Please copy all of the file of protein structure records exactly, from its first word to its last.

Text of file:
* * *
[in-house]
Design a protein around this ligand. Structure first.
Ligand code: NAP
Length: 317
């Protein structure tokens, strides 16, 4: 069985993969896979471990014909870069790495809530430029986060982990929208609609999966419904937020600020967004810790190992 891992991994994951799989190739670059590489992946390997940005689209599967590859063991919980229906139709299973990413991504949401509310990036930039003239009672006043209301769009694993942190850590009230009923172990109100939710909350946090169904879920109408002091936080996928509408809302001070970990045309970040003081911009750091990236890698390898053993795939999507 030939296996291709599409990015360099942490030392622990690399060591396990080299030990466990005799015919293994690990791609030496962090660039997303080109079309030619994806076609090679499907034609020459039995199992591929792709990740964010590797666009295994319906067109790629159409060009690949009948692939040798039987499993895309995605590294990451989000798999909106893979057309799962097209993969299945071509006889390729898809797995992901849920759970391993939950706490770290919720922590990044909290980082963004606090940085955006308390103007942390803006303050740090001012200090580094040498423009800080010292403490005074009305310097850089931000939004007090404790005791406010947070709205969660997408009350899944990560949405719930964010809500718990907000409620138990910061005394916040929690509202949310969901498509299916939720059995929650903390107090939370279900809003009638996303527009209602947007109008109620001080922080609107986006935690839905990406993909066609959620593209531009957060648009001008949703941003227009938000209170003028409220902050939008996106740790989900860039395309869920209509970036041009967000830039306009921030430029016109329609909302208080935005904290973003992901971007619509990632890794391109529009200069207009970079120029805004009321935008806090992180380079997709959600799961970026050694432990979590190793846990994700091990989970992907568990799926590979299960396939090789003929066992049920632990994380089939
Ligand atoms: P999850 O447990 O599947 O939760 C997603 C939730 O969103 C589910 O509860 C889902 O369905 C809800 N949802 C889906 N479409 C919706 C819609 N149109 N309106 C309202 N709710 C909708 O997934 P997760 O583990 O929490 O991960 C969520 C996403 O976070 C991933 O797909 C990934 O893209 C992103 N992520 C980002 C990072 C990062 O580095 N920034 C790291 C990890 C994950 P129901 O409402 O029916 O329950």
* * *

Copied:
[in-house]
Design a protein around this ligand. Structure first.
Ligand code: NAP
Length: 317
């Protein structure tokens, strides 16, 4: 069985993969896979471990014909870069790495809530430029986060982990929208609609999966419904937020600020967004810790190992 891992991994994951799989190739670059590489992946390997940005689209599967590859063991919980229906139709299973990413991504949401509310990036930039003239009672006043209301769009694993942190850590009230009923172990109100939710909350946090169904879920109408002091936080996928509408809302001070970990045309970040003081911009750091990236890698390898053993795939999507 030939296996291709599409990015360099942490030392622990690399060591396990080299030990466990005799015919293994690990791609030496962090660039997303080109079309030619994806076609090679499907034609020459039995199992591929792709990740964010590797666009295994319906067109790629159409060009690949009948692939040798039987499993895309995605590294990451989000798999909106893979057309799962097209993969299945071509006889390729898809797995992901849920759970391993939950706490770290919720922590990044909290980082963004606090940085955006308390103007942390803006303050740090001012200090580094040498423009800080010292403490005074009305310097850089931000939004007090404790005791406010947070709205969660997408009350899944990560949405719930964010809500718990907000409620138990910061005394916040929690509202949310969901498509299916939720059995929650903390107090939370279900809003009638996303527009209602947007109008109620001080922080609107986006935690839905990406993909066609959620593209531009957060648009001008949703941003227009938000209170003028409220902050939008996106740790989900860039395309869920209509970036041009967000830039306009921030430029016109329609909302208080935005904290973003992901971007619509990632890794391109529009200069207009970079120029805004009321935008806090992180380079997709959600799961970026050694432990979590190793846990994700091990989970992907568990799926590979299960396939090789003929066992049920632990994380089939
Ligand atoms: P999850 O447990 O599947 O939760 C997603 C939730 O969103 C589910 O509860 C889902 O369905 C809800 N949802 C889906 N479409 C919706 C819609 N149109 N309106 C309202 N709710 C909708 O997934 P997760 O583990 O929490 O991960 C969520 C996403 O976070 C991933 O797909 C990934 O893209 C992103 N992520 C980002 C990072 C990062 O580095 N920034 C790291 C990890 C994950 P129901 O409402 O029916 O329950």